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Die Bindung privater Militär- und Sicherheitsfirmen an das humanitäre Völkerrecht unter besonderer Berücksichtigung des Dokuments von Montreux

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Private military and security companies (PMSCs) play an ever-increasing role in modern-day armed conflicts. In the last years, however, there have been many incidents in which the personnel of PMSCs did not even respect the basic principles of humanitarian law. One of the most alarming examples was the shooting at Nisour Square in Baghdad in 2007 where 17 Iraqi civilians were killed and 24 seriously injured when a Blackwater Personal Security Detail opened fire. The international law system is thus facing a new and challenging problem: What steps can be taken to ensure that PMSCs respect international humanitarian law? As PMSCs are private companies and, therefore, no subjects of public international law, they are not directly bound by the rules of humanitarian law.

Currently, there exist two different measures to ensure that PMSCs respect international humanitarian law: self-regulatory norms of PMSCs, and rules adopted by States and international organizations. There are, however, gaps with regard to both solutions: Self-regulatory norms of PMSCs are not legally binding, and most of them do not refer to humanitarian law as mandatory. Rules adopted by States and international organizations are legally binding, but they are rare and diverse and thus do not constitute a coherent legal system. The best solution would be to adopt a new worldwide treaty on PMSCs. But States are not yet ready to accept such a legally binding instrument.

The Document of Montreux of September 2008 offers a new solution. It recalls existing international legal obligations of States regarding PMSCs (Part I), and it contains a set of over 70 good practices designed to assist States in complying with these obligations (Part II). The aim of the legally non-binding document is to ensure that States adopt similar national legislation relevant to PMSCs. The companies shall thus not be bound by humanitarian law directly, but by domestic law containing identical rules of humanitarian law. Since the document has been adopted by most of the contracting, territorial or home States of PMSCs, it can be considered as a new, pragmatic way of dealing with this challenging problem of the international law system.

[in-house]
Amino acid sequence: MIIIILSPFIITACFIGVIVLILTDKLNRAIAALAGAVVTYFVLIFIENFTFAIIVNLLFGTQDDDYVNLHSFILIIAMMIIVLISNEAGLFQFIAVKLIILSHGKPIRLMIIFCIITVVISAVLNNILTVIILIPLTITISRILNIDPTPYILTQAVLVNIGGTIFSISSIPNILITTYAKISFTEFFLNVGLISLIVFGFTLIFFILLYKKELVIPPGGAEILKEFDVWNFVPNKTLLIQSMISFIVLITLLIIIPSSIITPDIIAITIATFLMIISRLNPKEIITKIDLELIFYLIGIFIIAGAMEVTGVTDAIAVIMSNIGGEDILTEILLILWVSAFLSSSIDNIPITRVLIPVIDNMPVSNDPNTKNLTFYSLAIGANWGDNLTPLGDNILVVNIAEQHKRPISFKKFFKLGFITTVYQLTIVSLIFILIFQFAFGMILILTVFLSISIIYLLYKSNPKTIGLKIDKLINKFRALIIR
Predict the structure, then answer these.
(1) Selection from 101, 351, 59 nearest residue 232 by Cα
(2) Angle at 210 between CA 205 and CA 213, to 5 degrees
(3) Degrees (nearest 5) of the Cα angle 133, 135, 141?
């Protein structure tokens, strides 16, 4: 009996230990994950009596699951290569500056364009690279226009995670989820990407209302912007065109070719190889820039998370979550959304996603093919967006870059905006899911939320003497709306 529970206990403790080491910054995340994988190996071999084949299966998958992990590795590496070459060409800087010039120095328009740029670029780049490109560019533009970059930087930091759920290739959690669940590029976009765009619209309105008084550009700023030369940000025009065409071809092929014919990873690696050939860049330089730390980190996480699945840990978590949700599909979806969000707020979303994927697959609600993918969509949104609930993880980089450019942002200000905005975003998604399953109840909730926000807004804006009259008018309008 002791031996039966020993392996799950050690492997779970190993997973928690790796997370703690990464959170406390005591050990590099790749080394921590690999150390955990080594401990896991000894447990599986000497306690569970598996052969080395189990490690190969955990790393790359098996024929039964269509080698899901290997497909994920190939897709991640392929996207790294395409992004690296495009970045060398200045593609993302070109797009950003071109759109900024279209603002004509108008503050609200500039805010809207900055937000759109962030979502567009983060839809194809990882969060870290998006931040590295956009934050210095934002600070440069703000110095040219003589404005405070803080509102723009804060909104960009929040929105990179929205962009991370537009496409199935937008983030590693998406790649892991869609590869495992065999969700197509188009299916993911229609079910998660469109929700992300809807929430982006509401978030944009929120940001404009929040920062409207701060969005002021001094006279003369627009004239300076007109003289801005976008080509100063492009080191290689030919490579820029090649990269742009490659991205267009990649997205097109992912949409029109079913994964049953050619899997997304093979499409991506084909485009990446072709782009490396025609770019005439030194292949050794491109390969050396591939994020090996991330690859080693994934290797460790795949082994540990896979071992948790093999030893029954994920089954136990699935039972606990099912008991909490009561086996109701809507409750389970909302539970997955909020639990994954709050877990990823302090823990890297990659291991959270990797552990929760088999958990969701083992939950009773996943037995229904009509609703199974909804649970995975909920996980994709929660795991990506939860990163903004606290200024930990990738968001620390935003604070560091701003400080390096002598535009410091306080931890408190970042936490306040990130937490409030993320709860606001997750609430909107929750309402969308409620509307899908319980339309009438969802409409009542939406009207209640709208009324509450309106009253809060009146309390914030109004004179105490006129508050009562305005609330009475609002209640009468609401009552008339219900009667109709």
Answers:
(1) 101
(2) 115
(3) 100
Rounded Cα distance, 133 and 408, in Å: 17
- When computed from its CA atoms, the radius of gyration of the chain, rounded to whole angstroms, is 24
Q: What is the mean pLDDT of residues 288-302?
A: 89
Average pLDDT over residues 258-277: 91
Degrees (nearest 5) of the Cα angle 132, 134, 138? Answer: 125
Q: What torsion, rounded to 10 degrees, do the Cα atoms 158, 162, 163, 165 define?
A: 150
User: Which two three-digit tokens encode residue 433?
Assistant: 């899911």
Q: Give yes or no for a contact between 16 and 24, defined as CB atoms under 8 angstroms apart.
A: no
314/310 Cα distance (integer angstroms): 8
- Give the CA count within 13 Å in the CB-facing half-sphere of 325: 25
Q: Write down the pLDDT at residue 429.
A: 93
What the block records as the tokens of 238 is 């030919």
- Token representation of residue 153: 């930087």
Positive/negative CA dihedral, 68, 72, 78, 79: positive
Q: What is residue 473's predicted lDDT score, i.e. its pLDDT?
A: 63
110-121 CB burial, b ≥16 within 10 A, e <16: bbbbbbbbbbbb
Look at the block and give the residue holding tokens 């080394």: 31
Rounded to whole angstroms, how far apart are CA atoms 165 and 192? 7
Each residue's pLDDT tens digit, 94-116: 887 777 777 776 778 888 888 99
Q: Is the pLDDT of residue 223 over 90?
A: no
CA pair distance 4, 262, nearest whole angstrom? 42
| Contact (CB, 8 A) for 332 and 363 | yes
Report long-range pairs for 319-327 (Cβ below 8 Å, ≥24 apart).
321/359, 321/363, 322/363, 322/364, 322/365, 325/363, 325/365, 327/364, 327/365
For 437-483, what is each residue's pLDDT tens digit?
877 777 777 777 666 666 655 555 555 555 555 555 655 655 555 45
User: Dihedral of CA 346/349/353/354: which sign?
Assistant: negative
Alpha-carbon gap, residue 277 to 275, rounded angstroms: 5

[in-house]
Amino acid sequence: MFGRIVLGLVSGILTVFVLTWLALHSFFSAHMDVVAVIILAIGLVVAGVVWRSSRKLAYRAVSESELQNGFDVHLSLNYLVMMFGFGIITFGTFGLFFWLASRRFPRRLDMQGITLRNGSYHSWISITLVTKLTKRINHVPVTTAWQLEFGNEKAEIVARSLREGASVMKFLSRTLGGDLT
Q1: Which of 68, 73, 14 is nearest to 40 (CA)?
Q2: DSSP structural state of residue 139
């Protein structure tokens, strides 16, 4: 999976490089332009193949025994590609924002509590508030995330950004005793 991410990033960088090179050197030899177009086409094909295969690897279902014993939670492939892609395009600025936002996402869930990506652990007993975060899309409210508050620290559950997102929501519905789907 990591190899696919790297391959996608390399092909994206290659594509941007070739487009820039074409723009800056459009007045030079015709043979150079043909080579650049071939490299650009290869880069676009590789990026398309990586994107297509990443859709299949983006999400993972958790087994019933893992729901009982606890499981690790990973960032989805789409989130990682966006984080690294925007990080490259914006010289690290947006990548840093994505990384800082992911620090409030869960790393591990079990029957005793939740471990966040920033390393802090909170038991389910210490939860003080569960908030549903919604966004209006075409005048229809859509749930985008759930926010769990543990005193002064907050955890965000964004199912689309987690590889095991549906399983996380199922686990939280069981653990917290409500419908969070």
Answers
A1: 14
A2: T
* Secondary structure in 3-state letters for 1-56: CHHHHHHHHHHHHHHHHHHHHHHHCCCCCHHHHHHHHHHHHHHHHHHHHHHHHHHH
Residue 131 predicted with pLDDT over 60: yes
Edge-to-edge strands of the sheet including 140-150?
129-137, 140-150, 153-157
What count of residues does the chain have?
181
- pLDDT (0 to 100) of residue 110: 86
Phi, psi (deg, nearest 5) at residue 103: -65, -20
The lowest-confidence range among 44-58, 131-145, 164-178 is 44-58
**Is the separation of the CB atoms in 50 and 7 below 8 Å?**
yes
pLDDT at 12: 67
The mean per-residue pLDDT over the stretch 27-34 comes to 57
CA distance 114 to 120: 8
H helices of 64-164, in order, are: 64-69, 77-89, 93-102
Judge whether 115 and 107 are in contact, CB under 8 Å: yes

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Document Type: Research Article

Publication date: 2010-06-01

More about this publication?
  • Archiv des Völkerrechts (Archive of Public International Law - AVR) has been founded as a quarterly journal in 1948. With its scientific papers, reports and book reviews, the journal covers the full spectrum of developments in public international law.

    Das Archiv des Völkerrechts ist eine im Jahre 1948 gegründete Vierteljahresschrift. In Abhandlungen, Berichten und Buchbesprechungen behandelt sie die Entwicklung des internationalen Rechts in seiner ganzen Breite. Das AVR ist ein Forum der deutschsprachigen Völkerrechtswissenschaft und sucht den internationalen Dialog des Faches.

    Die Beiträge reflektieren dogmatische und theoretische Grundfragen des Völkerrechts ebenso wie die Entwicklung der internationalen Rechtsprechung. Die behandelten Rechtsgebiete reichen vom überlieferten Kernbestand des zwischenstaatlichen Völkerrechts und des Rechts der bewaffneten Konflikte über das Recht internationaler Organisationen, die Menschenrechte, das Umweltvölkerrecht und Welthandelsrecht bis hin zu Fragen des internationalen Verwaltungsrechts.

    Im Mittelpunkt standen in der jüngsten Zeit neben Beiträgen zu aktuellen völkerrechtlichen Konflikten insbesondere die Diskussion um die wechselseitige Durchdringung partikularer und universeller Rechtsordnungen und die Entstehung einer materialen völkerrechtlichen Prinzipienordnung.Das AVR erscheint vierteljährlich und veröffentlicht Beiträge in deutscher, englischer und französischer Sprache.

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